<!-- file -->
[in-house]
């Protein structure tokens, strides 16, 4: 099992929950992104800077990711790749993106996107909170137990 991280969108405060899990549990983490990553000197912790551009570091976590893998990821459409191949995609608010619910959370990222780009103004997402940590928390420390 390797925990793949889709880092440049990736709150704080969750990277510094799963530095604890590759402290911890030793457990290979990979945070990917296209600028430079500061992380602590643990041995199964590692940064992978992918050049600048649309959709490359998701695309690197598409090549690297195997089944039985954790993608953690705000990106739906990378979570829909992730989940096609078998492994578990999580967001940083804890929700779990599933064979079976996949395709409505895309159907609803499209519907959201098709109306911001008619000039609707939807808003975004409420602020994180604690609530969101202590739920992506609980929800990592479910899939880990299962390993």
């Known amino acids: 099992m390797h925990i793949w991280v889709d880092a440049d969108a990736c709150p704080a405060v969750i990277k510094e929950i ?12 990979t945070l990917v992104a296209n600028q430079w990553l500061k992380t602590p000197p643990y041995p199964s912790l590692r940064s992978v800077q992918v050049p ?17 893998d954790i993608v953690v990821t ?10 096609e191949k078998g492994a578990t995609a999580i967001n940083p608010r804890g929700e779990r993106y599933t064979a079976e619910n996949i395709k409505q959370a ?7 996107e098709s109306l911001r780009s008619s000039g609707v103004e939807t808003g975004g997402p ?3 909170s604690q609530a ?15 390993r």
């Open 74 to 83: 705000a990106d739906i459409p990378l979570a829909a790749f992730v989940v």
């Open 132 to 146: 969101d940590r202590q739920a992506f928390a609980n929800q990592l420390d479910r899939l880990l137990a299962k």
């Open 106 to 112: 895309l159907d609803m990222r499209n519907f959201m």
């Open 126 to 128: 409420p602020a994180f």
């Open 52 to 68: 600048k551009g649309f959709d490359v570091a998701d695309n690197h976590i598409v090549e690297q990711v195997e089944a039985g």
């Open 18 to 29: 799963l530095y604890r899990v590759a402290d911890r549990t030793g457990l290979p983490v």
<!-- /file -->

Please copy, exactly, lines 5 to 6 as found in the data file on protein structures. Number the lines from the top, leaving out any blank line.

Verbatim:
């Open 132 to 146: 969101d940590r202590q739920a992506f928390a609980n929800q990592l420390d479910r899939l880990l137990a299962k």
């Open 106 to 112: 895309l159907d609803m990222r499209n519907f959201m």